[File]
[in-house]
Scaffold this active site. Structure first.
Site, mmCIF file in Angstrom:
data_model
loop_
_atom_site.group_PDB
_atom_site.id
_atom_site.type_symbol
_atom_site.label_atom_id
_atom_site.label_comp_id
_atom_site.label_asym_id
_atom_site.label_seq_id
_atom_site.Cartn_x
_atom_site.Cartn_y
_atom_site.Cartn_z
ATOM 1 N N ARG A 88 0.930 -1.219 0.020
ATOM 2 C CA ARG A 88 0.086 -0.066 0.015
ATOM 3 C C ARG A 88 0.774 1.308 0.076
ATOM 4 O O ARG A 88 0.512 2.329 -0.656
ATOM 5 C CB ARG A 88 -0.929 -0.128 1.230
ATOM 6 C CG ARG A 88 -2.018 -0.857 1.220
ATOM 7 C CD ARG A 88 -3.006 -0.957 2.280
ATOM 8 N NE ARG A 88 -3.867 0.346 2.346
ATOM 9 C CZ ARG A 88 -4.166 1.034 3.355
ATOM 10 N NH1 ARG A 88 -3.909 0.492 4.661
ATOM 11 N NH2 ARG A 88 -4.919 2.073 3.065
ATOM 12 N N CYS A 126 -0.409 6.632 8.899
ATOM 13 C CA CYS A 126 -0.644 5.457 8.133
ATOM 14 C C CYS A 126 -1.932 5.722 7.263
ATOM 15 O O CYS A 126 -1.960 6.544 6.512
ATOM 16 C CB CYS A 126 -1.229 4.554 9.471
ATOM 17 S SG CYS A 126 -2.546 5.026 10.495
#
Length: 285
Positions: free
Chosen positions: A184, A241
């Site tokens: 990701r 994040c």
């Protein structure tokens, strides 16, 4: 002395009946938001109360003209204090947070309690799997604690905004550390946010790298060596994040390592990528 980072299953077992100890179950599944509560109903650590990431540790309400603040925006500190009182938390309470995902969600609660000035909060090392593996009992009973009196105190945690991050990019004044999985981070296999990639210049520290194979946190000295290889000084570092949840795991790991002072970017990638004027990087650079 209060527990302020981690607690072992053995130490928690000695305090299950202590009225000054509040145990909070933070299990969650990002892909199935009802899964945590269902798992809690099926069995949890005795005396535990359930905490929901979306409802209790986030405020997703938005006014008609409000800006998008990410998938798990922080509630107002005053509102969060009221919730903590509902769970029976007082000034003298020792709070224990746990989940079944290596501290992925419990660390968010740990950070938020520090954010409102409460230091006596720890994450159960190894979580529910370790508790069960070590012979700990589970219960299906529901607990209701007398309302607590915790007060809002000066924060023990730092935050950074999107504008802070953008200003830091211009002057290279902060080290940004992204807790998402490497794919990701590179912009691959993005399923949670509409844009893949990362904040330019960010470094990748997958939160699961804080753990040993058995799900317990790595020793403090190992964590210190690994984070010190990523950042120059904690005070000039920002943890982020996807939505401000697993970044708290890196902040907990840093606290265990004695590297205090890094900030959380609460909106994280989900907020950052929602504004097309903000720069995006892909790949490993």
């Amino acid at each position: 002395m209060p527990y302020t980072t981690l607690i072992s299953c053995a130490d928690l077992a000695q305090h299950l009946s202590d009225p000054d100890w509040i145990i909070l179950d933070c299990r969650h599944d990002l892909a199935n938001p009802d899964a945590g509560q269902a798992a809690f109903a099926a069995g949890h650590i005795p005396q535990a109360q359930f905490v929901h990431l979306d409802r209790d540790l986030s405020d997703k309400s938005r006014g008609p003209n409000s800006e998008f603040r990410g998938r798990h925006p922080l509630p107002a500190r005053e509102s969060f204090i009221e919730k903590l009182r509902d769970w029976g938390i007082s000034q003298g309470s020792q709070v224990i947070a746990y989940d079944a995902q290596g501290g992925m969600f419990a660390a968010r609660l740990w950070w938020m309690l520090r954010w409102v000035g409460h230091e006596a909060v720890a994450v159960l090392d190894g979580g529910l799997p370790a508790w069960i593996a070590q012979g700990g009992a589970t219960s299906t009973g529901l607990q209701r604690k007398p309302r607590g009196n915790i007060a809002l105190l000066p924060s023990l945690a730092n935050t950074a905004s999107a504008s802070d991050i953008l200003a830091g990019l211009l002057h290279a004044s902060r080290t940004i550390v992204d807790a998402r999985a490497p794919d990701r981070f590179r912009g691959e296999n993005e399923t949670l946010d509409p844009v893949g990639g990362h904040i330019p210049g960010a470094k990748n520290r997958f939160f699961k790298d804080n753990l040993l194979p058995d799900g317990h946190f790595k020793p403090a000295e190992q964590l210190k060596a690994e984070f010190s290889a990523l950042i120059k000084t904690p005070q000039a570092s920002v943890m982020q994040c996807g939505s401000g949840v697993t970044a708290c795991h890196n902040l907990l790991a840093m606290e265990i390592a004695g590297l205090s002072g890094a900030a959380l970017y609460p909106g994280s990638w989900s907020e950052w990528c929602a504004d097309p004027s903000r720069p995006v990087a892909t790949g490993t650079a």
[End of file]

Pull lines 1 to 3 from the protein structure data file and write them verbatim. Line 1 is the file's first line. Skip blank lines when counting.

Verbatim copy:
[in-house]
Scaffold this active site. Structure first.
Site, mmCIF file in Angstrom: